• Heart-Kin:  These are the close friends with whom there are ties of love, respect, and strong friendship. They are family, even if there is no blood tie.
  • Hearth-Kin:  These are people who have shared your hearth religion, though they may not be close friends or blood-relatives.
  • Mentor-Kin: These are teachers, guides, and friends with whom you sharean intellectual lineage: perhaps you learned something from them that profoundly affected your life, or you are following in their footsteps in learning.

From that breakdown, I include in my ancestors my two martial arts teachers, from whom I learned a great deal and who had a huge influence on my life, both of whom died very suddenly while I was studying with them in college. They are Mentor-Kin, in a way, and from them I learned a lot. When I list my honored dead, I include both of them among the other close people I have lost, because they profoundly affected my life. (I also think at least one of them is absolutely tickled that I’m now a practicing Druid – he’s probably the most interesting man I’ve ever met – a practicing Jew, a master of Tai Chi, a professional ballroom dancer, and an expert in the I-Ching. I can only think he’d be profoundly amused to think of one of his former students as a Druid.)

Of course, I include my family and my husband’s family in my ancestral lineage as well. Both of our families have strong ties to our past and to the people who came before us, and there are pictures all over my inlaws and my parents houses of their various relatives from the past. As good solid Methodists, they’d be appalled if I said it was anything other than good Christian remembrance of their family members, but it does start to look a lot like an Ancestor shrine, especially when you start to include little mementos and tokens belonging to the various family members.

I have recently started honoring my Hearth-Kin as well, lighting candles and incense and asking for their guidance as I work my way towards their practice. I know my religion looks very little like what theirs would have been, but I hope that I can honor them in a way that makes them feel valued and remembered, and that they can be proud of having their beliefs and traditions passed on. As part of this practice, I keep a candle on my “hearth” (my stove) that I light each evening as I am cooking and then cleaning up, in honor of my ancestral mothers who also worked to feed their families. It brings a little sacredness to the daily chore, and helps me remember to see the value in little things done with intention.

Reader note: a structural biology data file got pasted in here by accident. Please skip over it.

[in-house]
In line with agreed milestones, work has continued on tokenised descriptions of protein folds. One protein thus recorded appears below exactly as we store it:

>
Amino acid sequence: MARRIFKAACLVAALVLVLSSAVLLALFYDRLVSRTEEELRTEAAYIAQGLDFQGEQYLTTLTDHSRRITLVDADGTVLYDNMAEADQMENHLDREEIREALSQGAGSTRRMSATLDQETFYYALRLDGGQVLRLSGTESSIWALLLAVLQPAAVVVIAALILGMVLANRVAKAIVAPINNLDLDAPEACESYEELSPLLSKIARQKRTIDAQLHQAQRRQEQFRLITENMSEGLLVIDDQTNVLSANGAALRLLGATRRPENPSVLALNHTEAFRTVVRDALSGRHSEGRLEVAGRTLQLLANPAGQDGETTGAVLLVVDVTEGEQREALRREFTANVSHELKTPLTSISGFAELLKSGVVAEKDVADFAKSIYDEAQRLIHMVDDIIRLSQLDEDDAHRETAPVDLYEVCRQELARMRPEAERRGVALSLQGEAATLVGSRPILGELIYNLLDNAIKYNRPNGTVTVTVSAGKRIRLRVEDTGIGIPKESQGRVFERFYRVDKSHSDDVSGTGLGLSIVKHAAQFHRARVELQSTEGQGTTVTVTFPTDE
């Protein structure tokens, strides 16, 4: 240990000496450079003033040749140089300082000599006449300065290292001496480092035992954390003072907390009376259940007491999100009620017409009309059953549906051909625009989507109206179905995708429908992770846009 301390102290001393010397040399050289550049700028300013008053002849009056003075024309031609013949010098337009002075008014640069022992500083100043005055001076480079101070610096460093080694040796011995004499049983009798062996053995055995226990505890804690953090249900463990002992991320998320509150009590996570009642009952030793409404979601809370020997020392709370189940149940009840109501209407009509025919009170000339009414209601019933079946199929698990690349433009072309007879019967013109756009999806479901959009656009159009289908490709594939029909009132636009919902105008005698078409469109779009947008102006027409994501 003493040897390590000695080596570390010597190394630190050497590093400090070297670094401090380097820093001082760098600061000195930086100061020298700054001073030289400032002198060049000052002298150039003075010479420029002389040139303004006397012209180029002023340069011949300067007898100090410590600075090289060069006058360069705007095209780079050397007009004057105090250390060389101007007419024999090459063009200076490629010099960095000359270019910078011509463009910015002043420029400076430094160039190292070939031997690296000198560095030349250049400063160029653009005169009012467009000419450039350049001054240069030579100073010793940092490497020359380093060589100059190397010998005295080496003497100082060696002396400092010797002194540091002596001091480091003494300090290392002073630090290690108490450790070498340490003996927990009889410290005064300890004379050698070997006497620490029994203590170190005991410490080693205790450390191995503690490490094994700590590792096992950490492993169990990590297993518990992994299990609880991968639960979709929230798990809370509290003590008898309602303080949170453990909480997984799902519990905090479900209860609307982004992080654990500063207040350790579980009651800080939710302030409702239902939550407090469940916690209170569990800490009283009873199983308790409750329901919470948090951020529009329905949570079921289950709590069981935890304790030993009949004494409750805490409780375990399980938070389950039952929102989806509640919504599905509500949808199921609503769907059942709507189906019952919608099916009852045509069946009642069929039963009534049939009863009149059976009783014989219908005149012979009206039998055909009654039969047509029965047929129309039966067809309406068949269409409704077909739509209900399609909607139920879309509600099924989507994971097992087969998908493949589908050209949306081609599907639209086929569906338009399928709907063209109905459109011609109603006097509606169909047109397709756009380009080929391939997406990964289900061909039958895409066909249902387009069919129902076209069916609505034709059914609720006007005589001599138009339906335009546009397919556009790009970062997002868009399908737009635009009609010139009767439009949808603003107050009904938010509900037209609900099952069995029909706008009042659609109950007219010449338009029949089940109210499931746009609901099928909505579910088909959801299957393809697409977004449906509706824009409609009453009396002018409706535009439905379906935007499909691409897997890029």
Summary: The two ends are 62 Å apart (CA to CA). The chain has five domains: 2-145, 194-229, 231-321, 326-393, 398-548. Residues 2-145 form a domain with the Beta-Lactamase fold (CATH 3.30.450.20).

As I build on my altar space, I am also adding things that remind me of my ancestors. I’ve had some trouble with this, since I don’t often associate people with specific things, but I’m trying to expand that. I use a coin to represent my Tai Chi teacher, and a guitar pick to represent my Sensei who died, since those were things that were particularly special to them in life – even if they didn’t have a lot to do with what I learned from them. I have pictures of my grandmother and great grandmother, and I’d like to gradually build to have some items and pictures from both my family and my husband’s family on our mantlepiece.

My favorite way to honor my Ancestors, though, is through stories. I don’t know a lot of their stories yet, but I’m learning to ask about them now – asking my Nana about her mother’s story, and about the stories of my husband’s family as they worked their homestead in the Hill Country of Texas. I love to share the stories of the people I know who have died though, about the things that made them special or interesting, and about how they lived their lives in ways that influenced mine. I really enjoy sitting around with family and telling the stories that make us who we are (I’m lucky to be close to both my own and my husband’s family for this).

Hopefully I will continue to grow in my respect for and devotion to the Ancestors as I work with and for them, and do things in their memory. Keeping in mind that I have “hearth kin” ancestors as well as those from whom I directly descend, I want to remember them and honor them as … well, as my ancestors would have honored THEIR ancestors. Without them I would not be here, and would not be the person I am today.

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A short evaluation of where I am on the Dedicant Path after somewhere around 7 months of work. These are the actual DP requirements, followed by a little bit about where I am towards completing them.

Written discussions of the Dedicant’s understanding of each of the following nine virtues: wisdom, piety, vision, courage, integrity, perseverance, hospitality, moderation and fertility. The Dedicant may also include other virtues, if desired, and compare them to these nine. (125 words min. each)

These are complete, as of yesterday’s posting of the Fertility essay. Some will need some editing, but I think I’d rather run a little long and have good, real life examples than cut out the meat of the essay just to make it fit the word count.

Short essays on each of the eight ADF High Days including a discussion of the meaning of each feast. (125 words min. each)

Completed: Samhain, Yule, Imbolc, Eostara, Beltane, Midsummer. All I have left are the last two (Lammas/Lughnassadh and Fall Equinox/Mabon). These are fairly standard, since I’ve been pagan for awhile, so they don’t take too long. Making sure I include some hearth-culture information is important, but I’ve changed hearths a few times so they’re a bit eclectic.